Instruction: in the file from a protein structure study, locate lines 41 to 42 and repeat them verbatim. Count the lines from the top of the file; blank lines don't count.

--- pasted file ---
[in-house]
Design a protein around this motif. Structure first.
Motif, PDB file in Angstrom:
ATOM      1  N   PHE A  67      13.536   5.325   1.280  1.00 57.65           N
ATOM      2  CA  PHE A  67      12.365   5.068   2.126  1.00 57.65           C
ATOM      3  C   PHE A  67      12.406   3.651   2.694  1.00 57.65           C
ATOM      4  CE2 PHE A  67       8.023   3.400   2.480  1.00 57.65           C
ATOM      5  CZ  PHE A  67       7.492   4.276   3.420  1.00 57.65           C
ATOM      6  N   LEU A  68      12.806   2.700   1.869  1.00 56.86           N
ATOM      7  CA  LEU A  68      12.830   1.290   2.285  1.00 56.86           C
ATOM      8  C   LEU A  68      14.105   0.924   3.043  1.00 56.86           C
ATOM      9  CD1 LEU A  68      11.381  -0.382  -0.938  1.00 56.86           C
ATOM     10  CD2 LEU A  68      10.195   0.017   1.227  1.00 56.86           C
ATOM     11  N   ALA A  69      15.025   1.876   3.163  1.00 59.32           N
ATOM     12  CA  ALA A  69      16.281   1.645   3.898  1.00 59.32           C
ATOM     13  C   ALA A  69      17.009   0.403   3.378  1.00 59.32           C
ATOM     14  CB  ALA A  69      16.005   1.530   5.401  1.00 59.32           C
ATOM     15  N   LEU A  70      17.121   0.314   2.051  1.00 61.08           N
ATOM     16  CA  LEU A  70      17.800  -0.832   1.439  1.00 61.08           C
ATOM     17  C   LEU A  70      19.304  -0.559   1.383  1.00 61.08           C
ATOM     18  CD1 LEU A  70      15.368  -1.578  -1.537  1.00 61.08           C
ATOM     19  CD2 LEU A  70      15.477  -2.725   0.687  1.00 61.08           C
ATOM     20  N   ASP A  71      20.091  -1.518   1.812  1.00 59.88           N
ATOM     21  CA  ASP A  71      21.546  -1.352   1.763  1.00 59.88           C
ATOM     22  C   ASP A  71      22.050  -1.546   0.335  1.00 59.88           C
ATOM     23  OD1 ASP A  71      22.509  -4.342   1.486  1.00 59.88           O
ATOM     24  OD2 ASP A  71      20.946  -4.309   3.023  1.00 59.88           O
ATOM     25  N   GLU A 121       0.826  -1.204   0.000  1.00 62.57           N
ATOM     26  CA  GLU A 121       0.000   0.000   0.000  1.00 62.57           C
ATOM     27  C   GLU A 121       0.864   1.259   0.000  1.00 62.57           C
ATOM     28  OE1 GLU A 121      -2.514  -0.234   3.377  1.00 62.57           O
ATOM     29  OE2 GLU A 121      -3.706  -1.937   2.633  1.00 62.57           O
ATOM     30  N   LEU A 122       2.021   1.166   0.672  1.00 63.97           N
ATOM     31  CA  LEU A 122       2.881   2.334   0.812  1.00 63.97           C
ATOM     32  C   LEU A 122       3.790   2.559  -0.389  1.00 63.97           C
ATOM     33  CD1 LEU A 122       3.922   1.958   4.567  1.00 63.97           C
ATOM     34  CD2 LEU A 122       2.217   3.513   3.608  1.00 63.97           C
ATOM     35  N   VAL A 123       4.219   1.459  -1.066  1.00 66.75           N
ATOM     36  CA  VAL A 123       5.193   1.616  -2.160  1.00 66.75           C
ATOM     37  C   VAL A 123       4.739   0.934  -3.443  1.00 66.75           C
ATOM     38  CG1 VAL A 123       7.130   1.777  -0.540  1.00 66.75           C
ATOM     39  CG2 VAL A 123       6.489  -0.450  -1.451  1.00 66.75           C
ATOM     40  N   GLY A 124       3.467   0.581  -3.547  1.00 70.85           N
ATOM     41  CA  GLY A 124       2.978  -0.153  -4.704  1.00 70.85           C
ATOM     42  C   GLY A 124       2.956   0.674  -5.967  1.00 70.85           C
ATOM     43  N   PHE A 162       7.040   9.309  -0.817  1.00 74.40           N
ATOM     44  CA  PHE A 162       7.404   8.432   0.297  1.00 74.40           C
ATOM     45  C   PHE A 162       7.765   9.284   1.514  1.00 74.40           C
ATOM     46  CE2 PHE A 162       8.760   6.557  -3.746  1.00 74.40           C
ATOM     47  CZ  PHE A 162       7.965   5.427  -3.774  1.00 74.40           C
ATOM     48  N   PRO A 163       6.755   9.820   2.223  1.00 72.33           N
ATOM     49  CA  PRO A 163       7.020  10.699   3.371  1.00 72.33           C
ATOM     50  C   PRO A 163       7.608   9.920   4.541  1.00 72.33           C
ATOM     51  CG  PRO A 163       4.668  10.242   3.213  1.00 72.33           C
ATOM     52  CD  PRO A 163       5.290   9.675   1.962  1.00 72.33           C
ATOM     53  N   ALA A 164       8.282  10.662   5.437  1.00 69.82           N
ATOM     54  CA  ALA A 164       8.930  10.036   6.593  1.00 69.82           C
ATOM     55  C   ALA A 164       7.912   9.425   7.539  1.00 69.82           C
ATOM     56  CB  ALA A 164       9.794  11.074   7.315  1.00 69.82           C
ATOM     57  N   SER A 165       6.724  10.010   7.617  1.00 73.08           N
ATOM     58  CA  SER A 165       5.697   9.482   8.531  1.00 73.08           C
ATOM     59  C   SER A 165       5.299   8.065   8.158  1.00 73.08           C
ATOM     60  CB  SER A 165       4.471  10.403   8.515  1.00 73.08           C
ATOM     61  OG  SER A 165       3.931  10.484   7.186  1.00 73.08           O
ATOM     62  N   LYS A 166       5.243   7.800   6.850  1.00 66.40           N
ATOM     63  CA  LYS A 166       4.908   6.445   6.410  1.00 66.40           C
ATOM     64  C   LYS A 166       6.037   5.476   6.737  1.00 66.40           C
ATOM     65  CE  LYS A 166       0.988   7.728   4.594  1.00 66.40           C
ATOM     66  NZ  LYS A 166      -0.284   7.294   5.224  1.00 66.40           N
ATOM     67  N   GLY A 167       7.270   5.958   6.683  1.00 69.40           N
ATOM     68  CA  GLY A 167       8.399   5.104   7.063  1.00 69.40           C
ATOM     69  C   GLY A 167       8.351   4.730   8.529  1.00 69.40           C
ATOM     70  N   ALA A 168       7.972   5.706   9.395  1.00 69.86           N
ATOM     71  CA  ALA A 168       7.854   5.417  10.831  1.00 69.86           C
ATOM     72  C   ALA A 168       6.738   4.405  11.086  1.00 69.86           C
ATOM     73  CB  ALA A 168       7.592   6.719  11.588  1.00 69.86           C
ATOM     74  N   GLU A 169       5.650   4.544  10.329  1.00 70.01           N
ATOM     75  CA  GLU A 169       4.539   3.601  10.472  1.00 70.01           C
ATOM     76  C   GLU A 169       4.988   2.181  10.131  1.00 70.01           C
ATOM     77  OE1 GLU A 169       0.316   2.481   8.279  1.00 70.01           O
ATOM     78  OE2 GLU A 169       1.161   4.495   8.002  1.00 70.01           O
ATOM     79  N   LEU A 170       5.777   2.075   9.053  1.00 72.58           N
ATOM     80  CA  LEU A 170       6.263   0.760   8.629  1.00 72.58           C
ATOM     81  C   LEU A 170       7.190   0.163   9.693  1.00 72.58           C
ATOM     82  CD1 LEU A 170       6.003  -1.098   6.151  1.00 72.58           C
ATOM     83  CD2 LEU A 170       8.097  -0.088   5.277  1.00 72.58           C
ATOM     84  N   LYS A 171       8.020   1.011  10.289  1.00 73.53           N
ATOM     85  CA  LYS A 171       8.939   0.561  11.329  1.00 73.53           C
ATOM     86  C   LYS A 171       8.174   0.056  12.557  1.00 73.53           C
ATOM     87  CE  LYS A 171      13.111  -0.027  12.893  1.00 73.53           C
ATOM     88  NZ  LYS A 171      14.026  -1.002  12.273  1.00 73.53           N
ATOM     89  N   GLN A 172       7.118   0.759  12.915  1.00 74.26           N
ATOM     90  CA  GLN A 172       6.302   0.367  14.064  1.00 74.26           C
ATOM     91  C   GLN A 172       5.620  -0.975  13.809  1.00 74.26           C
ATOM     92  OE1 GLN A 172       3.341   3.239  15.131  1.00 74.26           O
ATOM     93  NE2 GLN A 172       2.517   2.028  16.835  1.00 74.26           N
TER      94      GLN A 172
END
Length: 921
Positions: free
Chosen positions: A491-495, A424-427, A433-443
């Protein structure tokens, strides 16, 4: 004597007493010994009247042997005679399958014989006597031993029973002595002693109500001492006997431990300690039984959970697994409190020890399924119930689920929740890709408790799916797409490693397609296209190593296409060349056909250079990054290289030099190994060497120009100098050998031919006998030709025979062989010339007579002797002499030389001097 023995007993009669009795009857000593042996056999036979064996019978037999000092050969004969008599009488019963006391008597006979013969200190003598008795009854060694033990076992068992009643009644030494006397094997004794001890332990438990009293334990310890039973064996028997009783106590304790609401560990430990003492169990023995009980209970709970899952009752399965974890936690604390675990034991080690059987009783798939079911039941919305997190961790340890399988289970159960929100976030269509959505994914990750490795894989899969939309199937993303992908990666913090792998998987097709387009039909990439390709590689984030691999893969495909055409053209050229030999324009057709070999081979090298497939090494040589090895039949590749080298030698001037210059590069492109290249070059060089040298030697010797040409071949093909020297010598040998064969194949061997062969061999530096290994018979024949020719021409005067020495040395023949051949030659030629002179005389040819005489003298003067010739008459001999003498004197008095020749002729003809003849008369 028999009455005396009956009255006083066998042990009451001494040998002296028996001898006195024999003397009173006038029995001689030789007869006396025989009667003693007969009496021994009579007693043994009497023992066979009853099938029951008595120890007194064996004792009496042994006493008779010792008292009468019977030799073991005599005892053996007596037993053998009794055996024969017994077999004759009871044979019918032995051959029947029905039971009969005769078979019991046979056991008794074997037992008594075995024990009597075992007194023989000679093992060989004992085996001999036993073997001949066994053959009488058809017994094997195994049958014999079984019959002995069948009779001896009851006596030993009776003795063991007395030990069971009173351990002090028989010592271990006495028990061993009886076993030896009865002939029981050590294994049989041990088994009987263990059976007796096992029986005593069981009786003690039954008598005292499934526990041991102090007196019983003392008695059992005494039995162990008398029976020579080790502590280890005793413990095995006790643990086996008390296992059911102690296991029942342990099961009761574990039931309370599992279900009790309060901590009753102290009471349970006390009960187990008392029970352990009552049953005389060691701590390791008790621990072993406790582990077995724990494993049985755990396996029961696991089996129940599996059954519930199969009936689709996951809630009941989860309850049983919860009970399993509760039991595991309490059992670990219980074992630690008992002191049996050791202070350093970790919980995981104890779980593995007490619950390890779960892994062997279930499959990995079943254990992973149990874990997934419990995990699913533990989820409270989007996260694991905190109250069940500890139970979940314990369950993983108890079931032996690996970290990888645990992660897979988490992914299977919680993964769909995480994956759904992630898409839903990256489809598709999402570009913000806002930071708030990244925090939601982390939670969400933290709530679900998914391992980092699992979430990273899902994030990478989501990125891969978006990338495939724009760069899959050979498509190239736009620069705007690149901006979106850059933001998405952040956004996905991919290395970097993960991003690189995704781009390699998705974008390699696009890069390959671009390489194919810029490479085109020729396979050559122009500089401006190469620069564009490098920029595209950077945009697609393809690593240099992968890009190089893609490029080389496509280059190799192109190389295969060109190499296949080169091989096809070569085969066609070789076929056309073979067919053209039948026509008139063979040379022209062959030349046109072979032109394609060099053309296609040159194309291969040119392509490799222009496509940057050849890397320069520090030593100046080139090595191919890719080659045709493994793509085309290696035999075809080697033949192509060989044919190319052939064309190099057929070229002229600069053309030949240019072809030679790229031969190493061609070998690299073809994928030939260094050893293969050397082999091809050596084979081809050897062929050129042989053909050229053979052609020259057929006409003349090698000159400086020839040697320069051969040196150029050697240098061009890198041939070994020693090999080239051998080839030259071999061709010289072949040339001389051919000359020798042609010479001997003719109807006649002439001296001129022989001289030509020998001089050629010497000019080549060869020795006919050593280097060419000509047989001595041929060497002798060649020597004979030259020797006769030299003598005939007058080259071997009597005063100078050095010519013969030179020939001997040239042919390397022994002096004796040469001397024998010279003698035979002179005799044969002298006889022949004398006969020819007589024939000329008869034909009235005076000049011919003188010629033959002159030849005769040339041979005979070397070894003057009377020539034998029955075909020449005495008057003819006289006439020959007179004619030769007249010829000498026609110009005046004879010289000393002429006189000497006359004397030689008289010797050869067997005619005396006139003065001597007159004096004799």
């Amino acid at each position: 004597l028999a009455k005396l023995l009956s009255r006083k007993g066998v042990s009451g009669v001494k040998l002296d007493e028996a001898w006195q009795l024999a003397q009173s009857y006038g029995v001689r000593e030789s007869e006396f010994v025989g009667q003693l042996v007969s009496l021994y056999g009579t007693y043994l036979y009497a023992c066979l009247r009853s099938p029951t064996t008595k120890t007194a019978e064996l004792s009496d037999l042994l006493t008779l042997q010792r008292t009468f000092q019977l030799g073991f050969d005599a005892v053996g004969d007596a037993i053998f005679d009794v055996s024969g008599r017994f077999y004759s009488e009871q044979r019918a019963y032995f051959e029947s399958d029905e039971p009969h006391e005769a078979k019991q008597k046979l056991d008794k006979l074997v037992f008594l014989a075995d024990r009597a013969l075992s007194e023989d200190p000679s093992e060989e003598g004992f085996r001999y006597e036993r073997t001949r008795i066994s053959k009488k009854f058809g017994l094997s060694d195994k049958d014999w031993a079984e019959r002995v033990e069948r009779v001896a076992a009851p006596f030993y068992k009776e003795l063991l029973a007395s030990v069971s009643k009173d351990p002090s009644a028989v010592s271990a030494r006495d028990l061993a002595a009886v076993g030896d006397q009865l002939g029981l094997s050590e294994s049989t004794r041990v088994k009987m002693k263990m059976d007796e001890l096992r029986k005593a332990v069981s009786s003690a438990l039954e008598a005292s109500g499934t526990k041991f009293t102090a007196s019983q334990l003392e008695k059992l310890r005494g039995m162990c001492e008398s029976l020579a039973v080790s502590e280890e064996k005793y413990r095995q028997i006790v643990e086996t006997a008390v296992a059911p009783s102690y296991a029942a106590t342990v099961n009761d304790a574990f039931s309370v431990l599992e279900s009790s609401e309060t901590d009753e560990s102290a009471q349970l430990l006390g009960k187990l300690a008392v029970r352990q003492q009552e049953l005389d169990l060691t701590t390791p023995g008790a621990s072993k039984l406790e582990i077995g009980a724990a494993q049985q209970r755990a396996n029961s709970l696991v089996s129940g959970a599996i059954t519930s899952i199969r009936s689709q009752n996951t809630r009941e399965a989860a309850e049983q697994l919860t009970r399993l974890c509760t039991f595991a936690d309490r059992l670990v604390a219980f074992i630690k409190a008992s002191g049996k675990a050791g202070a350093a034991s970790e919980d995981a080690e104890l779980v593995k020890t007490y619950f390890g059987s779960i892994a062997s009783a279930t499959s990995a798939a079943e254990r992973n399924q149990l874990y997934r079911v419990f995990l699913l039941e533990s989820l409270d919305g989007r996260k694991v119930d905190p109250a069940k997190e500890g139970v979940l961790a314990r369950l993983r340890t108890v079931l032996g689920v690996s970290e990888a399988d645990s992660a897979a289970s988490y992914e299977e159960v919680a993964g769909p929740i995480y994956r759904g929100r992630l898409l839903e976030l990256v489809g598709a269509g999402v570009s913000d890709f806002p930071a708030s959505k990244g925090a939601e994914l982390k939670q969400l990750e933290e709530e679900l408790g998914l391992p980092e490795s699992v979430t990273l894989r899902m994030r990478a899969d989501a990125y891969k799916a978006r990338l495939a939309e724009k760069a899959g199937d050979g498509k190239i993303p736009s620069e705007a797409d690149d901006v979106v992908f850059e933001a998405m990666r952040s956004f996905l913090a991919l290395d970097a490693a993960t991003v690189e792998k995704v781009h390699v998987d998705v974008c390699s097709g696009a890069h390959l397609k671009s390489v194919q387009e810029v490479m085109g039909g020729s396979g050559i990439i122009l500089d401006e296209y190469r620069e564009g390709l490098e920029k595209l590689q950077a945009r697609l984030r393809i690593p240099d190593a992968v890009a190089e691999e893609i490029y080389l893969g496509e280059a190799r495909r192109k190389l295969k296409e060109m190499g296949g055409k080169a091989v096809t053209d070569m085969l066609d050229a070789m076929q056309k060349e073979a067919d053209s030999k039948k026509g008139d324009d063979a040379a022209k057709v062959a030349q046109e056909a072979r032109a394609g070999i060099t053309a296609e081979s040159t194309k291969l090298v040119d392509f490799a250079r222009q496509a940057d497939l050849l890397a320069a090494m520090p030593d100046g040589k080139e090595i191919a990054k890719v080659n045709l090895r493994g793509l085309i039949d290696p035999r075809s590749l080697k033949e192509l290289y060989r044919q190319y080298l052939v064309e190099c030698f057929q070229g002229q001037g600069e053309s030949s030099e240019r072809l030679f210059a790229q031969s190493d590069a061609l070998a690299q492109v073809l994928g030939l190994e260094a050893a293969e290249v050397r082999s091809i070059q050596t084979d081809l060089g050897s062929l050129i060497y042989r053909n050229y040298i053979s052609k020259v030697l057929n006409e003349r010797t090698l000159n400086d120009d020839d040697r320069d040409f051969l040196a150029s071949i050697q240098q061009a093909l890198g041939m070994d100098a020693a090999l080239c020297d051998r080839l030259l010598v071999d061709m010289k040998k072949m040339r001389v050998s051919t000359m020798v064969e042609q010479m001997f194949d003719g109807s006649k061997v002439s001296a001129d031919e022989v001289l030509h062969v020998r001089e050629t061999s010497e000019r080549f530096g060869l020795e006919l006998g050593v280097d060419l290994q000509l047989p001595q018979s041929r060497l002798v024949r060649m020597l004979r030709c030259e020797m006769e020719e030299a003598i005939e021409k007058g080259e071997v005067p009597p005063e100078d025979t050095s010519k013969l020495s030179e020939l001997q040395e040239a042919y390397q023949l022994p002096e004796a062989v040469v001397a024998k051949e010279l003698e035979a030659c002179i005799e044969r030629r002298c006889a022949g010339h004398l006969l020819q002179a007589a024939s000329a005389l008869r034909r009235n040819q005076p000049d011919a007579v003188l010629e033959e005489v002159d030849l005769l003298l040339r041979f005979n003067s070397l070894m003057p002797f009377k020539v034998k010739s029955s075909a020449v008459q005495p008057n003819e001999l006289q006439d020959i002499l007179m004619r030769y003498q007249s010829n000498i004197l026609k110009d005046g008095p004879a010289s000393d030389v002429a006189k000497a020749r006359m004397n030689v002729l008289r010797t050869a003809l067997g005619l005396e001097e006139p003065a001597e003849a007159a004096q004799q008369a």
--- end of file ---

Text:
ATOM     38  CG1 VAL A 123       7.130   1.777  -0.540  1.00 66.75           C
ATOM     39  CG2 VAL A 123       6.489  -0.450  -1.451  1.00 66.75           C